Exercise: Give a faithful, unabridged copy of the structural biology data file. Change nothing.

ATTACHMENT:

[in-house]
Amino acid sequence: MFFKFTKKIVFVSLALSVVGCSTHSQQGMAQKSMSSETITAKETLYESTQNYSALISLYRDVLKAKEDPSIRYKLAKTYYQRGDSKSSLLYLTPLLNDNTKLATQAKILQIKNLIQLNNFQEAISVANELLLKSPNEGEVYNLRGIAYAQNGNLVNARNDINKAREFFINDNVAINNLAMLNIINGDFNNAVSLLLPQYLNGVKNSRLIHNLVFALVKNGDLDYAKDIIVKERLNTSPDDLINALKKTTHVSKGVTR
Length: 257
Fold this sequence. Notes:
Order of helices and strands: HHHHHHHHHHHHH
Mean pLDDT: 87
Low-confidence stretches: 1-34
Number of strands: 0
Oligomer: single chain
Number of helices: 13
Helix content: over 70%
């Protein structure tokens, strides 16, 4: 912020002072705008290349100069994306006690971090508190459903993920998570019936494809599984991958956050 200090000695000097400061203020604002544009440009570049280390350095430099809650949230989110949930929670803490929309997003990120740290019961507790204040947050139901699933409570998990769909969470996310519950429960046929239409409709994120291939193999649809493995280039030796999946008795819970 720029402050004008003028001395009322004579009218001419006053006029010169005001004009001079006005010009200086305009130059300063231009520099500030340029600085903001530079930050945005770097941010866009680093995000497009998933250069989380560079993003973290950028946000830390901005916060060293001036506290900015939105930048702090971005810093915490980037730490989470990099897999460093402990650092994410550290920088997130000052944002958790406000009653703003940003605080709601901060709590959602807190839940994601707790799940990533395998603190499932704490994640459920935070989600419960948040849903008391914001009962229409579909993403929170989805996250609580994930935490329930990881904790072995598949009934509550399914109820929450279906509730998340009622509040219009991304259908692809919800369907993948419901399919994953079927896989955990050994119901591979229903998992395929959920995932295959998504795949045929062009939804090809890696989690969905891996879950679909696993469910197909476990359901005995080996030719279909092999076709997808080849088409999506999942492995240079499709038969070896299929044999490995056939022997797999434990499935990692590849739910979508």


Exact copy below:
[in-house]
Amino acid sequence: MFFKFTKKIVFVSLALSVVGCSTHSQQGMAQKSMSSETITAKETLYESTQNYSALISLYRDVLKAKEDPSIRYKLAKTYYQRGDSKSSLLYLTPLLNDNTKLATQAKILQIKNLIQLNNFQEAISVANELLLKSPNEGEVYNLRGIAYAQNGNLVNARNDINKAREFFINDNVAINNLAMLNIINGDFNNAVSLLLPQYLNGVKNSRLIHNLVFALVKNGDLDYAKDIIVKERLNTSPDDLINALKKTTHVSKGVTR
Length: 257
Fold this sequence. Notes:
Order of helices and strands: HHHHHHHHHHHHH
Mean pLDDT: 87
Low-confidence stretches: 1-34
Number of strands: 0
Oligomer: single chain
Number of helices: 13
Helix content: over 70%
């Protein structure tokens, strides 16, 4: 912020002072705008290349100069994306006690971090508190459903993920998570019936494809599984991958956050 200090000695000097400061203020604002544009440009570049280390350095430099809650949230989110949930929670803490929309997003990120740290019961507790204040947050139901699933409570998990769909969470996310519950429960046929239409409709994120291939193999649809493995280039030796999946008795819970 720029402050004008003028001395009322004579009218001419006053006029010169005001004009001079006005010009200086305009130059300063231009520099500030340029600085903001530079930050945005770097941010866009680093995000497009998933250069989380560079993003973290950028946000830390901005916060060293001036506290900015939105930048702090971005810093915490980037730490989470990099897999460093402990650092994410550290920088997130000052944002958790406000009653703003940003605080709601901060709590959602807190839940994601707790799940990533395998603190499932704490994640459920935070989600419960948040849903008391914001009962229409579909993403929170989805996250609580994930935490329930990881904790072995598949009934509550399914109820929450279906509730998340009622509040219009991304259908692809919800369907993948419901399919994953079927896989955990050994119901591979229903998992395929959920995932295959998504795949045929062009939804090809890696989690969905891996879950679909696993469910197909476990359901005995080996030719279909092999076709997808080849088409999506999942492995240079499709038969070896299929044999490995056939022997797999434990499935990692590849739910979508």